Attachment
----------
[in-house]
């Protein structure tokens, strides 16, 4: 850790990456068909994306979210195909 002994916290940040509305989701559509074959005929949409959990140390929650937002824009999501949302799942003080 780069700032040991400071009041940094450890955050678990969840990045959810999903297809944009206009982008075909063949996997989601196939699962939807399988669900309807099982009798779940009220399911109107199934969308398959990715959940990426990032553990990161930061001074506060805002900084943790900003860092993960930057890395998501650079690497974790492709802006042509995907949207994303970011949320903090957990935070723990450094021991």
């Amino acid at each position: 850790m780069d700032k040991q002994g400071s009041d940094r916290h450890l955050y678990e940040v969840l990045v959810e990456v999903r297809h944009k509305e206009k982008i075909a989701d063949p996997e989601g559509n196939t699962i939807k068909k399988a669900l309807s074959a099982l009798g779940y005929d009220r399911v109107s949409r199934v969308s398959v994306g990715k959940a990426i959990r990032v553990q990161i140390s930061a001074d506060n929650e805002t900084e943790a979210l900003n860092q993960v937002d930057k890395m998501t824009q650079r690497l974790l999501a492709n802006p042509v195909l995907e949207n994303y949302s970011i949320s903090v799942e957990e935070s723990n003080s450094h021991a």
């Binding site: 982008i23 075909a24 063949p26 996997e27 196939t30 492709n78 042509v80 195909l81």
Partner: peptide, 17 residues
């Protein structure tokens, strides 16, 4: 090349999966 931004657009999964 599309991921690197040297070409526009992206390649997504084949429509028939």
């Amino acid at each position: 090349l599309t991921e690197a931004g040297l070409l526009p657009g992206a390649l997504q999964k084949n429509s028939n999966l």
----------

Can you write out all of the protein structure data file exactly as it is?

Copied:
[in-house]
């Protein structure tokens, strides 16, 4: 850790990456068909994306979210195909 002994916290940040509305989701559509074959005929949409959990140390929650937002824009999501949302799942003080 780069700032040991400071009041940094450890955050678990969840990045959810999903297809944009206009982008075909063949996997989601196939699962939807399988669900309807099982009798779940009220399911109107199934969308398959990715959940990426990032553990990161930061001074506060805002900084943790900003860092993960930057890395998501650079690497974790492709802006042509995907949207994303970011949320903090957990935070723990450094021991």
């Amino acid at each position: 850790m780069d700032k040991q002994g400071s009041d940094r916290h450890l955050y678990e940040v969840l990045v959810e990456v999903r297809h944009k509305e206009k982008i075909a989701d063949p996997e989601g559509n196939t699962i939807k068909k399988a669900l309807s074959a099982l009798g779940y005929d009220r399911v109107s949409r199934v969308s398959v994306g990715k959940a990426i959990r990032v553990q990161i140390s930061a001074d506060n929650e805002t900084e943790a979210l900003n860092q993960v937002d930057k890395m998501t824009q650079r690497l974790l999501a492709n802006p042509v195909l995907e949207n994303y949302s970011i949320s903090v799942e957990e935070s723990n003080s450094h021991a």
């Binding site: 982008i23 075909a24 063949p26 996997e27 196939t30 492709n78 042509v80 195909l81």
Partner: peptide, 17 residues
């Protein structure tokens, strides 16, 4: 090349999966 931004657009999964 599309991921690197040297070409526009992206390649997504084949429509028939």
């Amino acid at each position: 090349l599309t991921e690197a931004g040297l070409l526009p657009g992206a390649l997504q999964k084949n429509s028939n999966l």